Calls made on Orange will be billed by the second rather than rounded up to the nearest minute or half-minute, as in other mobile telephone services in Britain.
Orange will not match the free off-peak local calls offered by Mercury One-2-One, the service launched last year by Cable & Wireless and US West. But Hutchison has decided not to make a monthly standing charge, which on other services may be up to pounds 25. Instead customers will have to pay a set monthly charge for which they get a certain amount of free call time.
The Orange service has five different tariff schemes aimed at rewarding those who spend the most time making calls. Depending on the scheme chosen, call charges vary from 14p to 25p a minute at peak times and from 7p to 12.5p off- peak. The monthly charges range from pounds 15, which allows 15 minutes of free calls, to pounds 100, which includes 540 minutes of calls.
Orange is offering an answerphone service as part of the standard package, although it will cost 7.5p per minute to retrieve a message. Other features include call barring and call diverting. On calls between some Orange telephones, the caller's number will be displayed.
Orange is providing 12 months' insurance free of charge. Hans Snook, managing director of Hutchison Telecom, said that there were now 10,000 mobile telephone thefts every month.
To save people the time of programming their most frequently called numbers into the telephone, they can send 50 numbers to Hutchison, which will feed them into the telephone over the air.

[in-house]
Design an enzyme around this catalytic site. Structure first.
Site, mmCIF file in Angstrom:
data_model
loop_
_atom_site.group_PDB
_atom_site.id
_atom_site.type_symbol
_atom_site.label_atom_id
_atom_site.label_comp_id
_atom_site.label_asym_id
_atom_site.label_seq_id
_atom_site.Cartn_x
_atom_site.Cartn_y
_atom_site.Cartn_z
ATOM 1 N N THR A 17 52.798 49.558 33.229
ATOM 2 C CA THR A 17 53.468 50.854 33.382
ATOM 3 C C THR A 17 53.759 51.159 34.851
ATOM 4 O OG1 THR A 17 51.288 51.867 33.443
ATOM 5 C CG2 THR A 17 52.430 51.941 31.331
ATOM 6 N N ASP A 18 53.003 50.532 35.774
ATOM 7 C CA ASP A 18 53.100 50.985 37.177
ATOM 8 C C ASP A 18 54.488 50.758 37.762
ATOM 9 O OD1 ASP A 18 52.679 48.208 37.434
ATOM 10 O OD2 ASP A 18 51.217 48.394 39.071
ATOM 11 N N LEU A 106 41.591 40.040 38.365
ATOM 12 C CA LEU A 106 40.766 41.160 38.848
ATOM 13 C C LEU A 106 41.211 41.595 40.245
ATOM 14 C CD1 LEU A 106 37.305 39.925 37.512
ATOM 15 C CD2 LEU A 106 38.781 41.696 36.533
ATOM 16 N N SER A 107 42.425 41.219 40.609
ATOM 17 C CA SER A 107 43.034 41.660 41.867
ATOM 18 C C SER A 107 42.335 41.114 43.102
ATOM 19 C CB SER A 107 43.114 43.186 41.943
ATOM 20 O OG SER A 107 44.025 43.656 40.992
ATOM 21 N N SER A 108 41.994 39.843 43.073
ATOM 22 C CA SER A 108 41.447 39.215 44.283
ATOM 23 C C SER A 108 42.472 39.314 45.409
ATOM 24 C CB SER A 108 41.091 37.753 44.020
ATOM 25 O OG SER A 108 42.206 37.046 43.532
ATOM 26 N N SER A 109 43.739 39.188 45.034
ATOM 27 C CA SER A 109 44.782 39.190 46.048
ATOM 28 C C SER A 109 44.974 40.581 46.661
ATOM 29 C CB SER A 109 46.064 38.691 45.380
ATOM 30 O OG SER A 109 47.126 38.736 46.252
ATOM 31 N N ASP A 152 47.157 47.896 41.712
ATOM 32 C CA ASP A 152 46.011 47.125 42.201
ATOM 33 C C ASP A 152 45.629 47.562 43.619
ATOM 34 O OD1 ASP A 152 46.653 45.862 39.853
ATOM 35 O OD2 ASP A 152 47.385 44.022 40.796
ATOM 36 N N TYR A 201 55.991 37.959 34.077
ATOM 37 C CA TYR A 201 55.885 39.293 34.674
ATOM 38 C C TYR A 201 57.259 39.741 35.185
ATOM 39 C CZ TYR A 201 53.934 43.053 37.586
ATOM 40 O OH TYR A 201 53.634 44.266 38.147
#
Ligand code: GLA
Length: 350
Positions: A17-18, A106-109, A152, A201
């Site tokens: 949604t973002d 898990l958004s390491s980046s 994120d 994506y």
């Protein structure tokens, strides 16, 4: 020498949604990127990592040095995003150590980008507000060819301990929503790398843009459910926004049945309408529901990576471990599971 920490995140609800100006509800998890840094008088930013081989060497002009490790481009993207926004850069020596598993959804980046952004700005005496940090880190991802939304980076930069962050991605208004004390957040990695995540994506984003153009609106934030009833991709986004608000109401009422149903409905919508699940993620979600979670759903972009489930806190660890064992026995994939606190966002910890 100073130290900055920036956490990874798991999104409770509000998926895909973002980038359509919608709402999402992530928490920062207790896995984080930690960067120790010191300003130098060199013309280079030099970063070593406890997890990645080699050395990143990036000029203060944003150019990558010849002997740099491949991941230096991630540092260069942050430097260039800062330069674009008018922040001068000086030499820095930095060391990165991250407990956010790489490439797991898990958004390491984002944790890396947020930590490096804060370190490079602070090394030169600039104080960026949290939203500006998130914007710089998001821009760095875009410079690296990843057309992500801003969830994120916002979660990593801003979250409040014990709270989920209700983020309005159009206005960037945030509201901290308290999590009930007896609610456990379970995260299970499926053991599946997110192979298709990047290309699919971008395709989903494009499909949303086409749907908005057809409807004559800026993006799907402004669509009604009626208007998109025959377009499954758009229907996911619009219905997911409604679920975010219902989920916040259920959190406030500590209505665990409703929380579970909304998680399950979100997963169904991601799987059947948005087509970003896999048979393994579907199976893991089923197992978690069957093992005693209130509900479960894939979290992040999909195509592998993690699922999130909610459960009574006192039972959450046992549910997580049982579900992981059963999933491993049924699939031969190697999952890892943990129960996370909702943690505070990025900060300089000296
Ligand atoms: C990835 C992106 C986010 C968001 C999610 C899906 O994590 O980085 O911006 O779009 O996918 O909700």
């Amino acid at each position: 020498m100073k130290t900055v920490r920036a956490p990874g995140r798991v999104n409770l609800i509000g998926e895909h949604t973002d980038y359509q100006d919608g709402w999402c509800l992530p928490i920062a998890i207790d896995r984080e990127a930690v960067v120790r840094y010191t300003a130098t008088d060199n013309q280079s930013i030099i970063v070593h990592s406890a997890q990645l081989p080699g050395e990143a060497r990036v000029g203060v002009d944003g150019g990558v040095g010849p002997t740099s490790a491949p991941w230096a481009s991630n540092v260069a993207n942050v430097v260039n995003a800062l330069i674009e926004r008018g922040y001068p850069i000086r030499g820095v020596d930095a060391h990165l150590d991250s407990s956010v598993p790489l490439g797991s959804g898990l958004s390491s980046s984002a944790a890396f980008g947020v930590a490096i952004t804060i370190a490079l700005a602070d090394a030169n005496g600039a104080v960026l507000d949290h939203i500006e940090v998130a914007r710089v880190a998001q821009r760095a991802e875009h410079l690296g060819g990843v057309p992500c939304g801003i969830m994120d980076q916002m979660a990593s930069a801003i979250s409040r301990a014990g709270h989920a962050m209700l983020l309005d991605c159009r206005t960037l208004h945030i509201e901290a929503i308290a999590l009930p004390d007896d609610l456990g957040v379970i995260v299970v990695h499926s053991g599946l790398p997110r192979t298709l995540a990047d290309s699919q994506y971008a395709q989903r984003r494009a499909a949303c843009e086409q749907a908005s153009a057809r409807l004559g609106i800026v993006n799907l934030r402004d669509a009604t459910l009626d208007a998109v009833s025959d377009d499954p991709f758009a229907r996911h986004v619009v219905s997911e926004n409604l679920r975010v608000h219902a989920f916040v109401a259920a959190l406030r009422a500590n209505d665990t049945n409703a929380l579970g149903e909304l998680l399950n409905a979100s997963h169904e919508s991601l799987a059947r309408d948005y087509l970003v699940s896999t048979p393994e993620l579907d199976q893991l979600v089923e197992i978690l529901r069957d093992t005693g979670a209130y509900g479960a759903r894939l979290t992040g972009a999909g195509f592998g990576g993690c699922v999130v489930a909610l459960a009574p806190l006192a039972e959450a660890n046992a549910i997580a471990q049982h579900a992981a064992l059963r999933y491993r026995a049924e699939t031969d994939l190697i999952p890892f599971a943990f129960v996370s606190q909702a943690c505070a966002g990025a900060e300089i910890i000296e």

For an additional charge, customers may have two numbers on one telephone - one for business and one for personal use - each with its own tariff scheme, bill and ringing tone.
The telephones for use on the Orange network cost pounds 249 or pounds 299 and will be sold in high street stores as well as in specialised dealerships.
Hutchison Telecom is 65 per cent- owned by Hutchison Whampoa of Hong Kong and 30 per cent by British Aerospace, with the remainder held by Barclays.
The company is investing pounds 700m in Orange, which is available to half the population now and aims to cover 90 per cent by the middle of next year.
A European Commission report predicts mobile phone penetration in the EU will eventually reach one per adult. It calls for a policy to open up the sector and seeks an end to all restrictions on the provision of mobile phone services in member states.Reuse content